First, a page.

Registered Charity 327314
This series of guides is produced by the Guillain-Barré Syndrome Support Group. We are a registered charity that supports those affected by the Guillain-Barré syndrome (GBS) and related conditions in the United Kingdom and the Republic of Ireland. The related conditions include chronic inflammatory demyelinating polyradiculoneuropathy (CIDP) and Miller Fisher syndrome (MFS).
Our guides are easily downloaded from our Web site at www.gbs.org.uk in PDF format and may be both read and printed using free Adobe Reader software. Alternatively, you can request printed copies from our office.
Hygiene and cleanliness
Personal cleanliness for those who are unable to attend themselves fully can be a problem. Many returning home from hospital may have reduced use of their hands, usually temporary, but occasionally permanently. Many will be unable to wash themselves, brush their hair, use the lavatory, wipe their bottoms, brush their teeth, cut their nails etc.
It is important for both hygiene and self-esteem that these matters are attended-to completely. There is no place for modesty here. Even if you are regaining function and attempting these aspects of care, ask for assistance if necessary.
Lack of activity or a lazy bowel can cause bowel movements to be irregular and constipation is likely. Occasional treatment with laxatives is one solution, but a far better approach is to modify your diet to avoid constipating food and replacing it with roughage. If this is too much of a culture-shock, consider a bulking agent. You might be able to get this on prescription.
Through no fault of their own, many people’s teeth are neglected during periods of serious illness. Once you have returned home from hospital, arrange an appointment with your dentist as soon as possible. There may be physical barriers making this difficult, as many surgeries have inadequate access for wheelchairs etc. If this is the case there may be a community dental service available that can help. Using an electric tooth brush can be helpful if you have residual weakness in your hands.
British Society for Disability and Oral Health www.bsdh.org.uk
Being at the end of the longest nerves in the body, the feet are often the last to recover. It is important to pay special attention to them so that any problems can be attended to before they get out of hand. Toe nails should be kept trimmed and dead skin removed from between the toes and elsewhere. In-growing toenails can be a problem and should receive attention before any infection sets in.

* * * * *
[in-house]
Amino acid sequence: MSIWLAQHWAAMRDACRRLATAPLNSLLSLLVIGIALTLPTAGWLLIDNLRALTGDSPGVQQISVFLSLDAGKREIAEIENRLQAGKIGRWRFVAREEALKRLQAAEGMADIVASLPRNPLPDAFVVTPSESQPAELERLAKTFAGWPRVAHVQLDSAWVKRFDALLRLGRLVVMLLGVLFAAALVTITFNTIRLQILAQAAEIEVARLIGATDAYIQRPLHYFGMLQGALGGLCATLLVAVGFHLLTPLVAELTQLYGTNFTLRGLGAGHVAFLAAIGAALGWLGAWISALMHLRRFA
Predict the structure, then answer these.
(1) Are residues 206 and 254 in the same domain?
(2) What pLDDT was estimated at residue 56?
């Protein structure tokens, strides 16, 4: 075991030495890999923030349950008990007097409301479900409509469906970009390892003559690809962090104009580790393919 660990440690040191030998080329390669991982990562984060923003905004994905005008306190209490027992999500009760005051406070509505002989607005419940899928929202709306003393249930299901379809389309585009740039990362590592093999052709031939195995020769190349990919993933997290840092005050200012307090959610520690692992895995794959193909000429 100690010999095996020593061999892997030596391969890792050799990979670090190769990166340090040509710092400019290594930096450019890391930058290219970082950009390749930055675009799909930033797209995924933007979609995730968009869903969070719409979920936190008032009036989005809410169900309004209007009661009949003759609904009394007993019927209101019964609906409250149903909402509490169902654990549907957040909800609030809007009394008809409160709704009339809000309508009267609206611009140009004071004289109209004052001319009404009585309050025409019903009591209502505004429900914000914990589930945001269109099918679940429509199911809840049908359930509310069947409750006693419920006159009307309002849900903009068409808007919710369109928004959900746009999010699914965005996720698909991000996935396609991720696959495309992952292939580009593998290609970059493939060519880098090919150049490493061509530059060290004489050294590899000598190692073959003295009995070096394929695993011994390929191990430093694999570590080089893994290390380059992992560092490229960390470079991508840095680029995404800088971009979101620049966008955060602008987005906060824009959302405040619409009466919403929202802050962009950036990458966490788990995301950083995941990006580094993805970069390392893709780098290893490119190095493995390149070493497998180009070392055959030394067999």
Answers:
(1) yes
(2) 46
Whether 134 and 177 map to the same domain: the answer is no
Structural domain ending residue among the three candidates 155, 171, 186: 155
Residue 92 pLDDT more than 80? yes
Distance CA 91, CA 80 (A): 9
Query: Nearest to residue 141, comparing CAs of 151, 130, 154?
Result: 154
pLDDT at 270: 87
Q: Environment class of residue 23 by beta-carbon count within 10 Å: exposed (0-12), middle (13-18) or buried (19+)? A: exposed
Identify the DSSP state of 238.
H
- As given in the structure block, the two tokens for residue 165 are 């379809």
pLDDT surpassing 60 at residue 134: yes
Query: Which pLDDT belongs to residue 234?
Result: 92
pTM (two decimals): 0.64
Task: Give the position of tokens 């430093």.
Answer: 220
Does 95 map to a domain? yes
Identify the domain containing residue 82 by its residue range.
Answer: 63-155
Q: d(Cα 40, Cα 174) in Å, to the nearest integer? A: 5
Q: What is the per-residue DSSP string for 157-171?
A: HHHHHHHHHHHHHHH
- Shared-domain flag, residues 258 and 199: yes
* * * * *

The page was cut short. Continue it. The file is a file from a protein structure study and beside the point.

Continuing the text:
Swollen ankles and feet should be elevated. TED stockings or intermittent compression therapy may help.
Some people encounter sexual difficulties following GBS, which can be attributable to residual weakness, nerve damage or depression. Such problems should be discussed with your doctor, who will ascertain whether it is physical or psychogenic, before deciding on an appropriate course of treatment. Often, problems will ameliorate with time, as your general state of health improves.
Come to terms with the fact that you have a problem. Talk to your partner (if you have one). Be open and frank; trying to conceal your problem will only make matters worse.
See your doctor; if necessary, ask for referral to a specialist.
Further information can be read in our guide Sexual Relationships.
If after reading this guide you still have anxieties and unanswered questions, telephone our helpline on 0800 374803 (UK) or 0033 1529 415278 (RoI). Alternatively, you can e-mail us or register for support on-line
The GBS Support Group is a registered charity and receives neither government nor Lottery funding. If you have found this guide helpful and would like to help us to continue publishing copies for others affected by GBS and its related conditions, please consider making a donation to the Support Group. Secure donations may be made on line. Alternatively you can request a form from our office.
GBS Support Group, LCC Offices, Eastgate, Sleaford, Lincs, NG34 7EB Tel: 01529 304615 E-mail: firstname.lastname@example.org Web site: www.gbs.org.uk © GBS Support Group